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Stay Alert from Spooky Student Loan Scams!

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Spooky season is officially upon us! While we usually associate October with things like Jack-o-Lanterns on doorsteps and pumpkin spice goodies, you may want to pay attention to a truly scary topic – scams. With the restart of student loan payments this month, scammers are interested in more tricks than treats to fool you out of your hard-earned money.

Last year, a reported 43 million Americans had outstanding federal student loan debt – with 8.9 million of those Americans aged 50 and older – and the FTC warns that scammers will capitalize on the resumption of student loan payments to separate Americans from their money.

Whether posing as sham debt relief companies or employees of the U.S. Department of Education, here are some red flags to help you identify a potential scam:

1. They claim they can obtain immediate and total loan forgiveness.

While there are legitimate companies and organizations that can help you with navigating the student loan repayment system, it is important to remember there is nothing a debt relief company can do to reduce or restructure your student debt that you can’t do yourself – for free – by contacting your student loan servicer directly.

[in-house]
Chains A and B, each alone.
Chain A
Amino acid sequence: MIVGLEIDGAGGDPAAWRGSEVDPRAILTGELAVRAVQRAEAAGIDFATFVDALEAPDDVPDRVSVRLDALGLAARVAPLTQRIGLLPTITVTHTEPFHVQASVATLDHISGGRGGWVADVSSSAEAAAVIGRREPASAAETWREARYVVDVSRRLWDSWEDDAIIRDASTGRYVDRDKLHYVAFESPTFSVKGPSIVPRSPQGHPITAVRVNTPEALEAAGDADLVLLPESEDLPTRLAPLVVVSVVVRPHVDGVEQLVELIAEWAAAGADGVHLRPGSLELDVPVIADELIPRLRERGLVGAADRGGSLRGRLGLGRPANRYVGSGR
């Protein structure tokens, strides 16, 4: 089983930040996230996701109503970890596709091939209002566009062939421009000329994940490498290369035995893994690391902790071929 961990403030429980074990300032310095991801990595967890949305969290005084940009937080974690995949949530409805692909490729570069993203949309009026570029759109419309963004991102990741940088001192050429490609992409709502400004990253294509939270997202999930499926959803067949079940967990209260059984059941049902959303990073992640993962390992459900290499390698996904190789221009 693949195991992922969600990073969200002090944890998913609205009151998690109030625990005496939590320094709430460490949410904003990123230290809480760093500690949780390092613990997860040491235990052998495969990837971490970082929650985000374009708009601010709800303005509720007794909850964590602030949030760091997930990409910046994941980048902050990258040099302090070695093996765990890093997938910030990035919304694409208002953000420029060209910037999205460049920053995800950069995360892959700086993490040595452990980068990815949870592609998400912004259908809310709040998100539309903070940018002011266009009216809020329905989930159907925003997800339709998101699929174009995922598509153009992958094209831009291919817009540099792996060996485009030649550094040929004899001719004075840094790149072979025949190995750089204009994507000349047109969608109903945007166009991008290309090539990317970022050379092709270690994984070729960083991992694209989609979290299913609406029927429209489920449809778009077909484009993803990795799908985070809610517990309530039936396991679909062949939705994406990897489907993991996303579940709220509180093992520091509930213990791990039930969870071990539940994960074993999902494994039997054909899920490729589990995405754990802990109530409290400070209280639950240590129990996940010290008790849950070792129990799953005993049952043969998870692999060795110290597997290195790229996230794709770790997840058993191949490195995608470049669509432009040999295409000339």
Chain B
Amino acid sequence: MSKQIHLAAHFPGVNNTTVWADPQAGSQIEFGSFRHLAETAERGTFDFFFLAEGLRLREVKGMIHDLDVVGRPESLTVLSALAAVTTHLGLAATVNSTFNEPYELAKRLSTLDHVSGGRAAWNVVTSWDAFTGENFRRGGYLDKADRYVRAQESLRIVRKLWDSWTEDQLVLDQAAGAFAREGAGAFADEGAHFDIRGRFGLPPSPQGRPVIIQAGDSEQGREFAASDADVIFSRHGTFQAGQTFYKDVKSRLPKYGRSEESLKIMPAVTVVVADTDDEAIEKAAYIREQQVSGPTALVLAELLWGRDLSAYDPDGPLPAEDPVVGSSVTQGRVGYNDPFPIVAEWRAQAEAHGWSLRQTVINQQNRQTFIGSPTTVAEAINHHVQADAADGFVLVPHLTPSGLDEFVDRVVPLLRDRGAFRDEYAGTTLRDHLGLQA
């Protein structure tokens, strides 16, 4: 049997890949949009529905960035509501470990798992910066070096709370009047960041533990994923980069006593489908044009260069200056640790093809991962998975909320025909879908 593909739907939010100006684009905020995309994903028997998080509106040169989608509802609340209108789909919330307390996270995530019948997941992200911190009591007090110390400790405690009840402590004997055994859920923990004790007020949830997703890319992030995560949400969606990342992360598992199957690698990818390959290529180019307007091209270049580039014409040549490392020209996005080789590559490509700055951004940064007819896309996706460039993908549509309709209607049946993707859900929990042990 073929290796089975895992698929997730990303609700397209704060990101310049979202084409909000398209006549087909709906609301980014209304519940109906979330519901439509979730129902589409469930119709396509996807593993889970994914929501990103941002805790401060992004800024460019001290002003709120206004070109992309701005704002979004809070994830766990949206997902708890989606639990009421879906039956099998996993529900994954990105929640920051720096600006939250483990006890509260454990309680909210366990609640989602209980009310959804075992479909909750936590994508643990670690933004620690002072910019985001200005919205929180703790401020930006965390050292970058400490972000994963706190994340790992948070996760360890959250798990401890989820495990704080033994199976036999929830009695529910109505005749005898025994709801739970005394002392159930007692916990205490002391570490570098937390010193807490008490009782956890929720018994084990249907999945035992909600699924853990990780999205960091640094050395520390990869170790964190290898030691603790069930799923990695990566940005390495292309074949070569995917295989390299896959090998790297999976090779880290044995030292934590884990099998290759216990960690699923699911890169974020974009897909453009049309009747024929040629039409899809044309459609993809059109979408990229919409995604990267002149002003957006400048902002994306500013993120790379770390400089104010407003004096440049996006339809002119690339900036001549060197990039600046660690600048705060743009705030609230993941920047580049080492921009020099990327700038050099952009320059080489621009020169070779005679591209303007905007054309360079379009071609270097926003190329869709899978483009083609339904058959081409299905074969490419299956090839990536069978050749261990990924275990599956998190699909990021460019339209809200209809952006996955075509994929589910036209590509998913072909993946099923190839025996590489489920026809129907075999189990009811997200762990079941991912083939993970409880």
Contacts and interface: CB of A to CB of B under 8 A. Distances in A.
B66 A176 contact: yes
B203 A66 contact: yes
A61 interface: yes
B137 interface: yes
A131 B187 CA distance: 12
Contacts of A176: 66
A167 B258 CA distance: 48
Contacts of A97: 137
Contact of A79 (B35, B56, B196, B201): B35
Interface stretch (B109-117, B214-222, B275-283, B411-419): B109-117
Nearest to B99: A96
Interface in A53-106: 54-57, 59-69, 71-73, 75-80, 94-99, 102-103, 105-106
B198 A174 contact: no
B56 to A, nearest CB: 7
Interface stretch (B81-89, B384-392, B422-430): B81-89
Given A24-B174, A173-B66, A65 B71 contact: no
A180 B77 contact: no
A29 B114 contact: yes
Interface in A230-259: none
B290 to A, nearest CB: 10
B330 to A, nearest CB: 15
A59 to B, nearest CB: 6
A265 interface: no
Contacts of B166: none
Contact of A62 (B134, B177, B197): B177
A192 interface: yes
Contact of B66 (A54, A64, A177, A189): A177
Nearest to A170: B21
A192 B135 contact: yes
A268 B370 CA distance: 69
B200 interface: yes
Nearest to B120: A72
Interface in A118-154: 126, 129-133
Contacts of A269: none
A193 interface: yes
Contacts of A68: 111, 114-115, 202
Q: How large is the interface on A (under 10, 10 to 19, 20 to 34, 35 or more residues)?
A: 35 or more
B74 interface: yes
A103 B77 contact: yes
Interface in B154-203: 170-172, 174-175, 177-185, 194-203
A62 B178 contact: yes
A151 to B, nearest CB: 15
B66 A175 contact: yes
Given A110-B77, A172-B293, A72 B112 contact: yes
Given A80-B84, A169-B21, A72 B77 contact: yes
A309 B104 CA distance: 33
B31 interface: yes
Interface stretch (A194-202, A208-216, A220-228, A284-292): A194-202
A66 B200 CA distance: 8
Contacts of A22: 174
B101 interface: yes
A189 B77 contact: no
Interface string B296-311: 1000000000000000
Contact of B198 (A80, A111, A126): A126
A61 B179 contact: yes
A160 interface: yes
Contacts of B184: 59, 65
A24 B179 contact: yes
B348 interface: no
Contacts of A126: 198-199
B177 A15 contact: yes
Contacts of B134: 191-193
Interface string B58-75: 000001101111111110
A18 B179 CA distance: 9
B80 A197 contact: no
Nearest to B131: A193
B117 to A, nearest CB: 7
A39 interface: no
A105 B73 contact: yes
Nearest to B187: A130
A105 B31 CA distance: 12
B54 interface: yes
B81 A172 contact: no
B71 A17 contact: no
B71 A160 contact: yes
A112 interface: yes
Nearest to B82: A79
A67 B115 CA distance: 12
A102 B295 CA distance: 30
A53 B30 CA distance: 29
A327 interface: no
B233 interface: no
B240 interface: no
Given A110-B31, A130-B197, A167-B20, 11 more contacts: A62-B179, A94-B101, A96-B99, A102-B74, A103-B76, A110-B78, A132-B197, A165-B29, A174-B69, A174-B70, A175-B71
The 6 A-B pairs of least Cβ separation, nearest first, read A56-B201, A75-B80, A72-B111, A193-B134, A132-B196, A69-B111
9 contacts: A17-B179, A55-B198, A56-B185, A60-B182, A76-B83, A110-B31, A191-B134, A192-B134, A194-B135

2. The company requires you to pay up-front or recurring fees.

It is illegal for debt relief firms to obtain payment from you up-front or before they obtain results for a consumer. If the company is asking for charges up-front, it’s a sure sign of a scam.

3. They ask for your FSA log-in information.

Neither the Department of Education or any of its partners will ever ask you for your FSA (Federal Student Aid) ID password. An FSA ID is used like a signature for legally binding documents, which means that giving someone control over your account allows them to make changes without your permission.

4. The company claims to have a time-limited offer and you must act now.

Scammers may try to convince you to act fast to avoid missing out on a new forgiveness law or program that’s being discontinued.[2] While borrowers may have deadlines under their personal repayment plan – like annual recertifications for Income Based Repayment (IBR) plans – FSA programs are only limited by eligibility requirements.

5. They ask you to sign a power of attorney or third-party authorization to talk to your loan servicer.

Illegitimate companies often ask you to sign these agreements so they can change the contact information and other details on your account to conceal the fact that your monthly student loan bills are not being paid.

Reporting is key in combatting fraud. Please report suspected student loan scams to the FTC, the U.S. Consumer Protection Bureau and the Florida Attorney General’s Office. You can also submit a complaint directly to the FSA, or your local Attorney General's office if living outside of Florida.

If you or someone you know has been targeted by a scam, you’re not alone, and AARP’s Fraud Watch Network Helpline is here to help.

Please visit to learn about other resources and tips for protecting Floridians from fraud.

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